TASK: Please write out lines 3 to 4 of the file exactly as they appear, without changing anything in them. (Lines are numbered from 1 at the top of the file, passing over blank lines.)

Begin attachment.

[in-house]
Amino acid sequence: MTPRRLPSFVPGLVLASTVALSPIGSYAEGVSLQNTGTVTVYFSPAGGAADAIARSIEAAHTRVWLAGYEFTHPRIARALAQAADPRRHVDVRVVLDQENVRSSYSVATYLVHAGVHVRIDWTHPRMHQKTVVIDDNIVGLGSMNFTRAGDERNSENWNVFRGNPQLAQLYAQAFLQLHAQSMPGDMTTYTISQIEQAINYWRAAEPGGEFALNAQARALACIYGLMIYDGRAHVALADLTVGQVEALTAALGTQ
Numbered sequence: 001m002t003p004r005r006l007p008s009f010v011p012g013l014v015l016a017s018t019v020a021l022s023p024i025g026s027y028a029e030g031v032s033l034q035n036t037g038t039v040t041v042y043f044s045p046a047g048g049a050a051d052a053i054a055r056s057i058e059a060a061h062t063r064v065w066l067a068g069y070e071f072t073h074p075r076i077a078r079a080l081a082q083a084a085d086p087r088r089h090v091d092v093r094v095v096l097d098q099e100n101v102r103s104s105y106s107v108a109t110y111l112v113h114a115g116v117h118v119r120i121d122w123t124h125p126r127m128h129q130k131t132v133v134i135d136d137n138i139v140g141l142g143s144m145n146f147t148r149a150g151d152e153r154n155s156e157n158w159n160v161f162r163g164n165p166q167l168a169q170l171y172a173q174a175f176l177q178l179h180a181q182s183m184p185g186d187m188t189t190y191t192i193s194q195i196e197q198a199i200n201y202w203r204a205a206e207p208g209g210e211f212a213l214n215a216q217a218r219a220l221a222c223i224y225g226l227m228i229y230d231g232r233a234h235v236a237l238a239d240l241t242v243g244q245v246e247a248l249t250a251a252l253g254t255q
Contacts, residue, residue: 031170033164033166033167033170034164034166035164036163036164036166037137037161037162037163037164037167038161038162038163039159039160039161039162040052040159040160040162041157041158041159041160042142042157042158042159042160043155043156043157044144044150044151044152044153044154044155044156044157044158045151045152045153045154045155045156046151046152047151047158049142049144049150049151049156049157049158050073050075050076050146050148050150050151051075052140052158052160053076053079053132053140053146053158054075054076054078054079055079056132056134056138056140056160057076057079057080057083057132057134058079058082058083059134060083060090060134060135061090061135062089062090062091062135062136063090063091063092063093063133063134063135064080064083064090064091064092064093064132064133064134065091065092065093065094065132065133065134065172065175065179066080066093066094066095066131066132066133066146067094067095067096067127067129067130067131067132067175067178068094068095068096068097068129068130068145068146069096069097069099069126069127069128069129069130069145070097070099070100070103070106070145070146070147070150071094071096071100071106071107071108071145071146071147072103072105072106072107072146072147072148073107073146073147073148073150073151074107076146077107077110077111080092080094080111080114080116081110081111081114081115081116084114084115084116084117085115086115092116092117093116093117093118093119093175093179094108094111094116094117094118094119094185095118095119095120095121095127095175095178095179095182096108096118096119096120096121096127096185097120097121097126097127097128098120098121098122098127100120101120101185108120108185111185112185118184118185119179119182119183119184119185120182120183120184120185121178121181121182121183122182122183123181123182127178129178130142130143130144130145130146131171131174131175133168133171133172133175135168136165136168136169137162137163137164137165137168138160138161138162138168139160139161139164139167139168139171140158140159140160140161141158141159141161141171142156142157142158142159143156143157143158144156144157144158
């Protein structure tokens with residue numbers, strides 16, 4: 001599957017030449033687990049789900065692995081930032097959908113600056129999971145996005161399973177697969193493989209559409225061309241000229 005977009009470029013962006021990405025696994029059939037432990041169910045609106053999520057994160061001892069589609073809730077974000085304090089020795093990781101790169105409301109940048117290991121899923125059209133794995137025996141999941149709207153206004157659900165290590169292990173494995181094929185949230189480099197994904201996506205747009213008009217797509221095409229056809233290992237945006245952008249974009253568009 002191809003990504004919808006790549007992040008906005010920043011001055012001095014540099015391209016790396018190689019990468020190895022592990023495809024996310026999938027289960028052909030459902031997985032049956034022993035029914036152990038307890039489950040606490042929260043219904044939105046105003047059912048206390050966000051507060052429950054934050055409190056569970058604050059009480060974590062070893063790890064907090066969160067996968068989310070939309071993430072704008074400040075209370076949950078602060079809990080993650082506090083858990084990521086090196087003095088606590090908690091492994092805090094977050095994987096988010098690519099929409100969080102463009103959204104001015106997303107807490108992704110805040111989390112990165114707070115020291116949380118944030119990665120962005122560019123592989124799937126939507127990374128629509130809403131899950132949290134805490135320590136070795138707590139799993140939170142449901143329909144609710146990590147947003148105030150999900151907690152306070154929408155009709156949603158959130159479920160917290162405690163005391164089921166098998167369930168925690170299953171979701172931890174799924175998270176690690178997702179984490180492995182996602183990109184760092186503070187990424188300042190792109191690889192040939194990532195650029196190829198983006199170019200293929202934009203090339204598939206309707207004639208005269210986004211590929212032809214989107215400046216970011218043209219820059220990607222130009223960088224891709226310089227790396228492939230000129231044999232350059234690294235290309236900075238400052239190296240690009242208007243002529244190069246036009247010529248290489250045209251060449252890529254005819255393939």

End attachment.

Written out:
Numbered sequence: 001m002t003p004r005r006l007p008s009f010v011p012g013l014v015l016a017s018t019v020a021l022s023p024i025g026s027y028a029e030g031v032s033l034q035n036t037g038t039v040t041v042y043f044s045p046a047g048g049a050a051d052a053i054a055r056s057i058e059a060a061h062t063r064v065w066l067a068g069y070e071f072t073h074p075r076i077a078r079a080l081a082q083a084a085d086p087r088r089h090v091d092v093r094v095v096l097d098q099e100n101v102r103s104s105y106s107v108a109t110y111l112v113h114a115g116v117h118v119r120i121d122w123t124h125p126r127m128h129q130k131t132v133v134i135d136d137n138i139v140g141l142g143s144m145n146f147t148r149a150g151d152e153r154n155s156e157n158w159n160v161f162r163g164n165p166q167l168a169q170l171y172a173q174a175f176l177q178l179h180a181q182s183m184p185g186d187m188t189t190y191t192i193s194q195i196e197q198a199i200n201y202w203r204a205a206e207p208g209g210e211f212a213l214n215a216q217a218r219a220l221a222c223i224y225g226l227m228i229y230d231g232r233a234h235v236a237l238a239d240l241t242v243g244q245v246e247a248l249t250a251a252l253g254t255q
Contacts, residue, residue: 031170033164033166033167033170034164034166035164036163036164036166037137037161037162037163037164037167038161038162038163039159039160039161039162040052040159040160040162041157041158041159041160042142042157042158042159042160043155043156043157044144044150044151044152044153044154044155044156044157044158045151045152045153045154045155045156046151046152047151047158049142049144049150049151049156049157049158050073050075050076050146050148050150050151051075052140052158052160053076053079053132053140053146053158054075054076054078054079055079056132056134056138056140056160057076057079057080057083057132057134058079058082058083059134060083060090060134060135061090061135062089062090062091062135062136063090063091063092063093063133063134063135064080064083064090064091064092064093064132064133064134065091065092065093065094065132065133065134065172065175065179066080066093066094066095066131066132066133066146067094067095067096067127067129067130067131067132067175067178068094068095068096068097068129068130068145068146069096069097069099069126069127069128069129069130069145070097070099070100070103070106070145070146070147070150071094071096071100071106071107071108071145071146071147072103072105072106072107072146072147072148073107073146073147073148073150073151074107076146077107077110077111080092080094080111080114080116081110081111081114081115081116084114084115084116084117085115086115092116092117093116093117093118093119093175093179094108094111094116094117094118094119094185095118095119095120095121095127095175095178095179095182096108096118096119096120096121096127096185097120097121097126097127097128098120098121098122098127100120101120101185108120108185111185112185118184118185119179119182119183119184119185120182120183120184120185121178121181121182121183122182122183123181123182127178129178130142130143130144130145130146131171131174131175133168133171133172133175135168136165136168136169137162137163137164137165137168138160138161138162138168139160139161139164139167139168139171140158140159140160140161141158141159141161141171142156142157142158142159143156143157143158144156144157144158